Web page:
Sitting at an outdoor cafe in my neighborhood in Istanbul, I drank sparkling water and finished my online Turkish lesson, as a large, white street dog lay near my feet.

I perused Facebook and saw a live feed of a church service from a Church of God congregation I knew in the U.S.

In one song, the congregation sang the refrain, “Something more than my yesterdays, more than I had before…He gave me something worth living for!”

It had been so many years since I’d heard or thought of the song that I remembered the refrain incorrectly. I misunderstood it as asking God for something worth living for, not a song of praise for having already given it.

Hearing it as a request, the song spoke to me even more.

A few minutes later, they sang a song that dates back nearly 100 years, and one that I’d sung many times as a child and young adult. “No matter what happens he will care for me,” goes the refrain. I sang along quietly. My internet connection was poor, and the live feed paused more than it played. Once, it stopped just as the song leader stretched out his hand to get the congregation to hold the last word in the phrase, “And his mighty hand will enable me stand.”

What I heard was enough to remember. It was enough to be re-calibrated back to a better alignment with God, and myself, even if for a moment.

You see, in life, it’s easy to get off track. It’s easy to focus more on the here and now. It’s easy to forget what really matters most. In these circumstances, we need to be intentional about seeking out what speaks to us. We need, what I call, ‘re-calibrating experiences’ – moments when we are reminded of God (or, if you are not a person of faith, whatever is most meaningful to you).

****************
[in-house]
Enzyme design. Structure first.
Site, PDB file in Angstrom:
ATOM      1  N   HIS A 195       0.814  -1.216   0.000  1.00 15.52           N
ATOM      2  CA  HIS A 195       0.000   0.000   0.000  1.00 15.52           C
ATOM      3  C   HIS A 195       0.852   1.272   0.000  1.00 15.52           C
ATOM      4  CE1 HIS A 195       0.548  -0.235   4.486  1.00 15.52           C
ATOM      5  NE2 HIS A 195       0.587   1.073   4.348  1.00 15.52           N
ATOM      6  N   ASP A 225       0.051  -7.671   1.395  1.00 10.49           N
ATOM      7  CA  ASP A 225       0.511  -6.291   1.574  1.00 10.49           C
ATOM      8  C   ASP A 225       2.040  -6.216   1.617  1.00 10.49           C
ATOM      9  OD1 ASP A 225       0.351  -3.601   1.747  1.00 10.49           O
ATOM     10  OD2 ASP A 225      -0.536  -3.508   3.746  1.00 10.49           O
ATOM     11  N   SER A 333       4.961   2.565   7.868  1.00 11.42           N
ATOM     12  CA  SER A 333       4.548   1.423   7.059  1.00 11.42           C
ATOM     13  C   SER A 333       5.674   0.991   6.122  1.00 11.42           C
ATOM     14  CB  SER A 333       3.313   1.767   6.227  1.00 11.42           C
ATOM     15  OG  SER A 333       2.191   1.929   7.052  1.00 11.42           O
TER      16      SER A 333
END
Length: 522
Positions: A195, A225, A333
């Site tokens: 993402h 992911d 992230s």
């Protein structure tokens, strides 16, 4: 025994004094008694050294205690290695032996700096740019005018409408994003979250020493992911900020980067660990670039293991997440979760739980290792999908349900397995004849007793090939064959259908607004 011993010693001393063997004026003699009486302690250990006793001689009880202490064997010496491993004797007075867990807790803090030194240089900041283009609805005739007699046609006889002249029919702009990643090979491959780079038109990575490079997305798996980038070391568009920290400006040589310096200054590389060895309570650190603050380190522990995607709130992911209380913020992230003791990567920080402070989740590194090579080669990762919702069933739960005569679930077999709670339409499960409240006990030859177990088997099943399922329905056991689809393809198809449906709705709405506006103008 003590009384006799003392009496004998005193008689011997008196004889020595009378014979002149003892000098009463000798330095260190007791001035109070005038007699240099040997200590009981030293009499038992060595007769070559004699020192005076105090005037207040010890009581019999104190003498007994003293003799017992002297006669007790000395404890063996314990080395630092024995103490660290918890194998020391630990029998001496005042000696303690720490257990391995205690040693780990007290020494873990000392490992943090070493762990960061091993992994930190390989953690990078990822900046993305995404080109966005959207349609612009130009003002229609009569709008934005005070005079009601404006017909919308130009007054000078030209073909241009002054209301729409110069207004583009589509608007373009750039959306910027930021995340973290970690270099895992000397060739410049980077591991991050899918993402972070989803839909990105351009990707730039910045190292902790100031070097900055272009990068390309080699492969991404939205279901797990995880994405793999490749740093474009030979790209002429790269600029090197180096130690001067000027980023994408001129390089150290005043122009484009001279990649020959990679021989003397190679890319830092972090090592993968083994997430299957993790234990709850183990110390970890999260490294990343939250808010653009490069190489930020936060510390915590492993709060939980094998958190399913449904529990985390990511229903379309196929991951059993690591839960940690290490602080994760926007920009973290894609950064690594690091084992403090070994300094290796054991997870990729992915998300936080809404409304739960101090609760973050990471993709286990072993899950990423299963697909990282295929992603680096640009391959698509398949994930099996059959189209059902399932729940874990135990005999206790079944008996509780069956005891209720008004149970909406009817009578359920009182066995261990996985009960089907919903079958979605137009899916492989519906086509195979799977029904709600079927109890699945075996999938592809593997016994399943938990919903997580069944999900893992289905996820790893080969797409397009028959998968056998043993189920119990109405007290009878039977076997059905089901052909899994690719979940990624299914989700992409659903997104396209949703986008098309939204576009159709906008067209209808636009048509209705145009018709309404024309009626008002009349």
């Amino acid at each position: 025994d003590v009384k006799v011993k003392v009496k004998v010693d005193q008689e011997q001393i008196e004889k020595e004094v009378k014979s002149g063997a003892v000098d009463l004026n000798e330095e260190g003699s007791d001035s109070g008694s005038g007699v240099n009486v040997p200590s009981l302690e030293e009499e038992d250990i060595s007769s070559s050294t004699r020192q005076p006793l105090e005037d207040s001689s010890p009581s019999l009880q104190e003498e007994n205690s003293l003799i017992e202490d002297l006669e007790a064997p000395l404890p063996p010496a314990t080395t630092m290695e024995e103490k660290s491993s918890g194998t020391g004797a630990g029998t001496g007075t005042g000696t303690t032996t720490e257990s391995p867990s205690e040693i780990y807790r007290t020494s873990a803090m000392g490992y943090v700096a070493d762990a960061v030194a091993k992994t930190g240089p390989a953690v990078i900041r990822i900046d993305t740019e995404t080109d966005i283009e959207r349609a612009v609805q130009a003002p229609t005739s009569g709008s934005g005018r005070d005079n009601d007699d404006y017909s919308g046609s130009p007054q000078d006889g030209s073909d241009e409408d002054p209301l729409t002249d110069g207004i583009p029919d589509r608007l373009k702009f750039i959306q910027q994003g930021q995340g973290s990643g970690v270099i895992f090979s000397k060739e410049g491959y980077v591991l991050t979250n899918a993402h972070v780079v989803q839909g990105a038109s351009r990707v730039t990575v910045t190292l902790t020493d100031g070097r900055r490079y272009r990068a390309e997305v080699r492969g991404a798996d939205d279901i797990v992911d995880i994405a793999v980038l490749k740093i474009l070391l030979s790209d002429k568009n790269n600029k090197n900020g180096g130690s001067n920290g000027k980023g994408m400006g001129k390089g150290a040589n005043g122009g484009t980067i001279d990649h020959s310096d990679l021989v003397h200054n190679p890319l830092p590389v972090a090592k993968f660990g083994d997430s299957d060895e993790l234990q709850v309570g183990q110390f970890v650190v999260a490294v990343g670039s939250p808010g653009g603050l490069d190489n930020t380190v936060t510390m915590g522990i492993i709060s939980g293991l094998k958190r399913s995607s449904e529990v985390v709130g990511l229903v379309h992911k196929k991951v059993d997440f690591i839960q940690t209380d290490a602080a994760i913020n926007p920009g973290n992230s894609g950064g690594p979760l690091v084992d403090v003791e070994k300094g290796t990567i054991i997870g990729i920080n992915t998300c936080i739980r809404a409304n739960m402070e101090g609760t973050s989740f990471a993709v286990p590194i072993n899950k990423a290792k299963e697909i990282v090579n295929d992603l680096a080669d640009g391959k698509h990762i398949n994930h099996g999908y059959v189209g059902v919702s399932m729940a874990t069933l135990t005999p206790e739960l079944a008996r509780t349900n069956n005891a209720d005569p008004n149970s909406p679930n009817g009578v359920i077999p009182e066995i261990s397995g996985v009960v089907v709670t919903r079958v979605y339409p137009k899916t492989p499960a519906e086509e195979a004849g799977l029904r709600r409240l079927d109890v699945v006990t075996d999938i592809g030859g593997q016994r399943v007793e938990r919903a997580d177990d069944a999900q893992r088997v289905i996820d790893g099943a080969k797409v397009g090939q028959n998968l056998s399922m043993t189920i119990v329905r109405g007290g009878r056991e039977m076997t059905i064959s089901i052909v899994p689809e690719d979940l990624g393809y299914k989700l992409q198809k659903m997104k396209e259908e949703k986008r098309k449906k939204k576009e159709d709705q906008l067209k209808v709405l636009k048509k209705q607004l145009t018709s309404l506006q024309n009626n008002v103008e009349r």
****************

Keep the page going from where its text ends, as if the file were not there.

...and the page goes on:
For me, they can occur when reading Scripture, or when listening to a YouTube video.

Yet, it seems they don’t happen often enough.

Re-calibrating experiences are important. They remind me of who I was, who I am, and who I ought to be. They remind me to keep God first.

Yet, while powerful, they can still be fleeting, given that the world is here in front of us, and the future may not always feel bright. Temptations, worries, and other priorities sway us off track from what we’ve experienced in the past that gives us joy and peace.

Sometimes, the most important aspects of life are the easiest to forget. The Old Testament is full of times when the Israelites were instructed to remember what God had done for them. They sometimes even built an altar to be physically reminded of God’s faithfulness.

Similarly, re-calibrating experiences serve as important reminders today.

Whatever you may need to be re-calibrated to, I hope this week that you will seek out something that will speak to you. Maybe it will re-light a spark that will remind you of what is most important in your life.